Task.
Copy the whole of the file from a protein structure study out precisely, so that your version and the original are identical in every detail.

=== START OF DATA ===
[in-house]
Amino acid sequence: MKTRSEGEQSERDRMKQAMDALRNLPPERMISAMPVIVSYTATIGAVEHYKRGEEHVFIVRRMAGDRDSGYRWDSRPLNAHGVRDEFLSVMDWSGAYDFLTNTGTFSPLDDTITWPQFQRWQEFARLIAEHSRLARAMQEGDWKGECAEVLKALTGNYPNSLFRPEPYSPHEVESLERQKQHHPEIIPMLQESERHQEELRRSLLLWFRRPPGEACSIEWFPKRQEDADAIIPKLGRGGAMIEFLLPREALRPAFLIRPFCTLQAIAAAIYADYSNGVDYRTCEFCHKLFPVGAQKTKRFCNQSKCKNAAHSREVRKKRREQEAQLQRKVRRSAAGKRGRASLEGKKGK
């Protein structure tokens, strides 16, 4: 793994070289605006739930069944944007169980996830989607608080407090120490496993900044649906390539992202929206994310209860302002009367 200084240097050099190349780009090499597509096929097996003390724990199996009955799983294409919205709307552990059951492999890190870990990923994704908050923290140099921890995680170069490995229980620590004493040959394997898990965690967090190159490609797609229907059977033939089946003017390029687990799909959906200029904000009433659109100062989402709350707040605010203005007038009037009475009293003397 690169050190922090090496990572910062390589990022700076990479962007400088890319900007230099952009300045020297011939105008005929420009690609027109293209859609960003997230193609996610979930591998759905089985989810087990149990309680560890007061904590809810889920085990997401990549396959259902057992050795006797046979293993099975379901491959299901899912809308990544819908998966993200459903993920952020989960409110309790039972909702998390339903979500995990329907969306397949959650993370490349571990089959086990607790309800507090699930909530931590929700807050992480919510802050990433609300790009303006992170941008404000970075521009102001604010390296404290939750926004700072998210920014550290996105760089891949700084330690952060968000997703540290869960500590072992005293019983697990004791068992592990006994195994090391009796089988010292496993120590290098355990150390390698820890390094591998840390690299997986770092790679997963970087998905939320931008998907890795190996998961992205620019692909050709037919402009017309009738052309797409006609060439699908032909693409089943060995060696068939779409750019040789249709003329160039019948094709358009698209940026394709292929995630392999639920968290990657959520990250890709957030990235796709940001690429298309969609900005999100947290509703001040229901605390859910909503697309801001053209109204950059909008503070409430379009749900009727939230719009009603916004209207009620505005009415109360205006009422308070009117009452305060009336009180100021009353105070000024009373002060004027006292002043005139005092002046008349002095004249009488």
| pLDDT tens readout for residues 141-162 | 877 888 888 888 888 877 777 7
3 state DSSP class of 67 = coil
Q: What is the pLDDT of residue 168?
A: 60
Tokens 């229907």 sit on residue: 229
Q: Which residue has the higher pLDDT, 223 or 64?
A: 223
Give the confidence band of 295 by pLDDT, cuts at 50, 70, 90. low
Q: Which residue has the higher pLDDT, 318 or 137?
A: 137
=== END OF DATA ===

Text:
[in-house]
Amino acid sequence: MKTRSEGEQSERDRMKQAMDALRNLPPERMISAMPVIVSYTATIGAVEHYKRGEEHVFIVRRMAGDRDSGYRWDSRPLNAHGVRDEFLSVMDWSGAYDFLTNTGTFSPLDDTITWPQFQRWQEFARLIAEHSRLARAMQEGDWKGECAEVLKALTGNYPNSLFRPEPYSPHEVESLERQKQHHPEIIPMLQESERHQEELRRSLLLWFRRPPGEACSIEWFPKRQEDADAIIPKLGRGGAMIEFLLPREALRPAFLIRPFCTLQAIAAAIYADYSNGVDYRTCEFCHKLFPVGAQKTKRFCNQSKCKNAAHSREVRKKRREQEAQLQRKVRRSAAGKRGRASLEGKKGK
């Protein structure tokens, strides 16, 4: 793994070289605006739930069944944007169980996830989607608080407090120490496993900044649906390539992202929206994310209860302002009367 200084240097050099190349780009090499597509096929097996003390724990199996009955799983294409919205709307552990059951492999890190870990990923994704908050923290140099921890995680170069490995229980620590004493040959394997898990965690967090190159490609797609229907059977033939089946003017390029687990799909959906200029904000009433659109100062989402709350707040605010203005007038009037009475009293003397 690169050190922090090496990572910062390589990022700076990479962007400088890319900007230099952009300045020297011939105008005929420009690609027109293209859609960003997230193609996610979930591998759905089985989810087990149990309680560890007061904590809810889920085990997401990549396959259902057992050795006797046979293993099975379901491959299901899912809308990544819908998966993200459903993920952020989960409110309790039972909702998390339903979500995990329907969306397949959650993370490349571990089959086990607790309800507090699930909530931590929700807050992480919510802050990433609300790009303006992170941008404000970075521009102001604010390296404290939750926004700072998210920014550290996105760089891949700084330690952060968000997703540290869960500590072992005293019983697990004791068992592990006994195994090391009796089988010292496993120590290098355990150390390698820890390094591998840390690299997986770092790679997963970087998905939320931008998907890795190996998961992205620019692909050709037919402009017309009738052309797409006609060439699908032909693409089943060995060696068939779409750019040789249709003329160039019948094709358009698209940026394709292929995630392999639920968290990657959520990250890709957030990235796709940001690429298309969609900005999100947290509703001040229901605390859910909503697309801001053209109204950059909008503070409430379009749900009727939230719009009603916004209207009620505005009415109360205006009422308070009117009452305060009336009180100021009353105070000024009373002060004027006292002043005139005092002046008349002095004249009488």
| pLDDT tens readout for residues 141-162 | 877 888 888 888 888 877 777 7
3 state DSSP class of 67 = coil
Q: What is the pLDDT of residue 168?
A: 60
Tokens 């229907």 sit on residue: 229
Q: Which residue has the higher pLDDT, 223 or 64?
A: 223
Give the confidence band of 295 by pLDDT, cuts at 50, 70, 90. low
Q: Which residue has the higher pLDDT, 318 or 137?
A: 137